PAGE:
Whitakers is a tiny town located in the state of North Carolina. With a population of 725 people and two constituent neighborhoods, Whitakers is the 435th largest community in North Carolina. Much of the housing stock in Whitakers was built prior to World War II, making it one of the older and more historic towns in the country.
Whitakers is neither predominantly blue-collar nor white-collar, instead having a mixed workforce of both blue-collar and white-collar jobs. Overall, Whitakers is a town of sales and office workers, service providers, and professionals. There are especially a lot of people living in Whitakers who work in office and administrative support (19.44%), sales jobs (15.77%), and maintenance occupations (8.45%).
The town is relatively quiet, having a combination of lower population density and few of those groups of people who have a tendency to be noisy. For example, Whitakers has relatively fewer families with younger children, and/or college students. Combined, this makes Whitakers a pretty quiet place to live overall. If you like quiet, you will probably enjoy it here.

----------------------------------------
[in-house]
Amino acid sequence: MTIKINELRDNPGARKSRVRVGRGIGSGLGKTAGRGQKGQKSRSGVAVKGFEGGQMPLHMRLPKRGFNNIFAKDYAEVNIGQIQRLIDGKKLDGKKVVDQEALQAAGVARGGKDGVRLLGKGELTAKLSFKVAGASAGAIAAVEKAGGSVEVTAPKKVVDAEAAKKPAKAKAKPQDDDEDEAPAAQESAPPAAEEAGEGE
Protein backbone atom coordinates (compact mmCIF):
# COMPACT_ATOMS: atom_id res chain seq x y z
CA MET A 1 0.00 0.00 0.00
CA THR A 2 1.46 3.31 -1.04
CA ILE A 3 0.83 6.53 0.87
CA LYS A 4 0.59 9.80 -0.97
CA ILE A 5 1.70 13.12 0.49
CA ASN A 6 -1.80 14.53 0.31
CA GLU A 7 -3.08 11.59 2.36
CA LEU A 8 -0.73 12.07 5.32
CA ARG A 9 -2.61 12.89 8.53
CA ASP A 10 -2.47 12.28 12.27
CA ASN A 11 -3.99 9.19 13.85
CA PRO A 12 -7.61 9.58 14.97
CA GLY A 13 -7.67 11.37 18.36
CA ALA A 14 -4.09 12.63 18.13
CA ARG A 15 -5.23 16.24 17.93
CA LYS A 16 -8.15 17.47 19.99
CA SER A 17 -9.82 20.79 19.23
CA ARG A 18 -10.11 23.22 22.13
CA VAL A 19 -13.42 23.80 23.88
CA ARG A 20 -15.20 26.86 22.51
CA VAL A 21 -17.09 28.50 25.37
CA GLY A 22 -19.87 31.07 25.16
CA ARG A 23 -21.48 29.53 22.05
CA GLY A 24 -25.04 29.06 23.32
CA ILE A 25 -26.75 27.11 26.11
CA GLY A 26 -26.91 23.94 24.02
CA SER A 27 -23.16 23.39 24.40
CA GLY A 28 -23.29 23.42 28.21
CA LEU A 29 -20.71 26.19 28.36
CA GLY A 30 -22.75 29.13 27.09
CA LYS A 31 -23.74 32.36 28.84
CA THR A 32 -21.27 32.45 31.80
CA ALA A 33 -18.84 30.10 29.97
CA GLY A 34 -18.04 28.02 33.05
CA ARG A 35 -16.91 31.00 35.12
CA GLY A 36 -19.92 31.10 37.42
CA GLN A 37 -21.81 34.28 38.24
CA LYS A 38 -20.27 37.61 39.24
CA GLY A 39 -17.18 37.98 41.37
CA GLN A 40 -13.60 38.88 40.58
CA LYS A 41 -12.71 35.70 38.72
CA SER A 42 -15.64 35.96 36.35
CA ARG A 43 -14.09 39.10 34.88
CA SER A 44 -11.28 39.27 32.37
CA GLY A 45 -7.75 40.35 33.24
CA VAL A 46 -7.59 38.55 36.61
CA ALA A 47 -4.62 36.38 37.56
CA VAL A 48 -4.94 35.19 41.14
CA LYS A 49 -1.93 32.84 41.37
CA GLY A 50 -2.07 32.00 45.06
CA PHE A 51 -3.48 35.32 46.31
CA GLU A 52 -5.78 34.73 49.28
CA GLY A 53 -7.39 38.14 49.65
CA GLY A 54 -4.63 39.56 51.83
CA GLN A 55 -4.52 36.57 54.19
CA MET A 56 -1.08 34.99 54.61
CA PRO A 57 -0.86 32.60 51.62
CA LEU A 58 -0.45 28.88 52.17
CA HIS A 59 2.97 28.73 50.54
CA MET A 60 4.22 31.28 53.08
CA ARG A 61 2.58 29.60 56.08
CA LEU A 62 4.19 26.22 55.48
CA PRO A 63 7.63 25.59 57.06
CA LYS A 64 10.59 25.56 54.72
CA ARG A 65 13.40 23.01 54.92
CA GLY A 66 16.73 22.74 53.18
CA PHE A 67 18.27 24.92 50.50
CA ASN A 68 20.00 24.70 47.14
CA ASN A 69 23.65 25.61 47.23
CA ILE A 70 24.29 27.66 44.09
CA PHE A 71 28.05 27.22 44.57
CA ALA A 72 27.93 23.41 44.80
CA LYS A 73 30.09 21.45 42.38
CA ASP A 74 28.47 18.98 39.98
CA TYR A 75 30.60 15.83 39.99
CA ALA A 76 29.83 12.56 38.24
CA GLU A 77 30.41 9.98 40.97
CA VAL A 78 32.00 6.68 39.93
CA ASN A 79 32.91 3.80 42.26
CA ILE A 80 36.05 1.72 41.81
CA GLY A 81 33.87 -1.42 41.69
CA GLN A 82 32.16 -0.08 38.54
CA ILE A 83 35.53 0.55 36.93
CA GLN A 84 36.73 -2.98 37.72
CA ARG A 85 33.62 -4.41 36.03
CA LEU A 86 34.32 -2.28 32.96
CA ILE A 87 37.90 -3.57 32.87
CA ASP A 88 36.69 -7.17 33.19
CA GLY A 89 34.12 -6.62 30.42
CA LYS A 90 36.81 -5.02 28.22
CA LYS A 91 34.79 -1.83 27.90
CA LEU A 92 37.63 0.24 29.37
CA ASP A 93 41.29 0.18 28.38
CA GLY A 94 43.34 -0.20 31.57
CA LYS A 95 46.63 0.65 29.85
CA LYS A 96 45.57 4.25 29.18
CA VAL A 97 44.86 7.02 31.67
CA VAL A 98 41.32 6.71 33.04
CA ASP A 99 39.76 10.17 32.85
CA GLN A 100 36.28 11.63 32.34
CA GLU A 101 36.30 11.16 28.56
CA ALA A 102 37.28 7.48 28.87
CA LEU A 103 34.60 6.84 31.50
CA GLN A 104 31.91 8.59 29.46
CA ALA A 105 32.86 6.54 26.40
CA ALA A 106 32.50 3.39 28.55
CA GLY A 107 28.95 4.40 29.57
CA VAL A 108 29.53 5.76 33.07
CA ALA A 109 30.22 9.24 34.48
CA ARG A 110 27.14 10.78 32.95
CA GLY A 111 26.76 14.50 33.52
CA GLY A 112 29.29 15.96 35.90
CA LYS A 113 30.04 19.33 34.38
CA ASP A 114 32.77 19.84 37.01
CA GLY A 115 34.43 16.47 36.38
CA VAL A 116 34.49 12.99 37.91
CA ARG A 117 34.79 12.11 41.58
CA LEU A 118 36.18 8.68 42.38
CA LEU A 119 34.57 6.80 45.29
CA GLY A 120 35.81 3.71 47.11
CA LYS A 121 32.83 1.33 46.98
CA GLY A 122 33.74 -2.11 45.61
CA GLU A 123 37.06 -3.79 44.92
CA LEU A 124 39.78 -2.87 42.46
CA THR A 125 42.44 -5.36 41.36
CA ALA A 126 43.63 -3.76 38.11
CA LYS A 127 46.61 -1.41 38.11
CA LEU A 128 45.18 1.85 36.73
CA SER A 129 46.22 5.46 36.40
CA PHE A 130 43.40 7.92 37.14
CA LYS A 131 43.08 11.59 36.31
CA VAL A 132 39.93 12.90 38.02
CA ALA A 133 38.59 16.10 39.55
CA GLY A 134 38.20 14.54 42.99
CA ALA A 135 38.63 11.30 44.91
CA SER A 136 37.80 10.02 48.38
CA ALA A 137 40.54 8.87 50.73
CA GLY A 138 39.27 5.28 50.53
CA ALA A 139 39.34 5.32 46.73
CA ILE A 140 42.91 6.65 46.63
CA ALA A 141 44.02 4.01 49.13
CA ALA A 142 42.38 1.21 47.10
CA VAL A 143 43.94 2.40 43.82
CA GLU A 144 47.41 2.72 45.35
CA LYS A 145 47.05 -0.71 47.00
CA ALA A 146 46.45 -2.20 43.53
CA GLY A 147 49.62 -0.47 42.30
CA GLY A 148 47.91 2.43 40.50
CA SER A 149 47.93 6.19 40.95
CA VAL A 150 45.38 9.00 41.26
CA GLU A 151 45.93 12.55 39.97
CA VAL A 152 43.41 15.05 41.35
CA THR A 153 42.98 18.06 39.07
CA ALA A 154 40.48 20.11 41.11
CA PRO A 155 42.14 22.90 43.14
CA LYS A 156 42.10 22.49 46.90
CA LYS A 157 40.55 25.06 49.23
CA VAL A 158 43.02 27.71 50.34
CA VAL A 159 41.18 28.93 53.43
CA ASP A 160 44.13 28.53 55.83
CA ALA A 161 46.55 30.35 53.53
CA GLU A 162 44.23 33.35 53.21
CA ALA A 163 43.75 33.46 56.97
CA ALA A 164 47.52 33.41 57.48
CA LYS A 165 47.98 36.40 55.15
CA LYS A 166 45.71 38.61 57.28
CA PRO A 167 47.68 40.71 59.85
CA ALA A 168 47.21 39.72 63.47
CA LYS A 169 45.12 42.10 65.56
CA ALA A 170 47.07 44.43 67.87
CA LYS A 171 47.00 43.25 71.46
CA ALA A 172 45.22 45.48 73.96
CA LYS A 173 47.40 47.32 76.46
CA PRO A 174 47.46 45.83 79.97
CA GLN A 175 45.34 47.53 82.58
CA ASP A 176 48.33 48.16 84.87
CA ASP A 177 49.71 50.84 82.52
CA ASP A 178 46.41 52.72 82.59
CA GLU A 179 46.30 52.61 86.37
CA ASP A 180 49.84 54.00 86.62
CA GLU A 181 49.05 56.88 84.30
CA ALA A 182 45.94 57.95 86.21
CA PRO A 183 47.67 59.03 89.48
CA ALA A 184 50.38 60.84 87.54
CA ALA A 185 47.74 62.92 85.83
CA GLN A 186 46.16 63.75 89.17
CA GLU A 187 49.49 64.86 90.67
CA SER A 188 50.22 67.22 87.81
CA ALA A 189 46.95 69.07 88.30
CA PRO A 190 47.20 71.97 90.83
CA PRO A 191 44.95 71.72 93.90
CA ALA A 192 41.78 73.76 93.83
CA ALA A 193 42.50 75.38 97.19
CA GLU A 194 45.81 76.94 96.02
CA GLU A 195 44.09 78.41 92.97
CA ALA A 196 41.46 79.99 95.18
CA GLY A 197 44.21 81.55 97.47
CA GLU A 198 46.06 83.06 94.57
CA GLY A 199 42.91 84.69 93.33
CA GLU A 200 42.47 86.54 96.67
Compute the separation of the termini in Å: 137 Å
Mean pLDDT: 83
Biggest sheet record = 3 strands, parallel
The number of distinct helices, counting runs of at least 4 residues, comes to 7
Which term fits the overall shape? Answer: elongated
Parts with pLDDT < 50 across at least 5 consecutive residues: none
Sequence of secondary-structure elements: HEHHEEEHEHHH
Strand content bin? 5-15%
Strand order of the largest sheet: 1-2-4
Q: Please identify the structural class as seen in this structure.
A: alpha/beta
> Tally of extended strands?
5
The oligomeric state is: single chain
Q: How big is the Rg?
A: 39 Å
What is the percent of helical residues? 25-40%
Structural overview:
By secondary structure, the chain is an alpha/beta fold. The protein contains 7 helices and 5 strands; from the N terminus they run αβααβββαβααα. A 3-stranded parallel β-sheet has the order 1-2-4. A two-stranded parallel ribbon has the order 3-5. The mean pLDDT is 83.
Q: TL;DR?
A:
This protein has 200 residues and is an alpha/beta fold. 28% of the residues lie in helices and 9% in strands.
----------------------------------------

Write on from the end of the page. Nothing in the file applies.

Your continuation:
As is often the case in a small town, Whitakers doesn't have a public transportation system that people use for their commute.
The citizens of Whitakers have a very low rate of college education: just 6.48% of people over 25 have a bachelor's degree or advanced degree, compared to a national average of 21.84% for all cities.
The per capita income in Whitakers in 2010 was $14,009, which is low income relative to North Carolina and the nation. This equates to an annual income of $56,036 for a family of four.
Whitakers is a very ethnically-diverse town. The people who call Whitakers home describe themselves as belonging to a variety of racial and ethnic groups. The greatest number of Whitakers residents report their race to be Black or African-American, followed by White. Important ancestries of people in Whitakers include English, German, European, and African.
The most common language spoken in Whitakers is English. Other important languages spoken here include Spanish and African languages.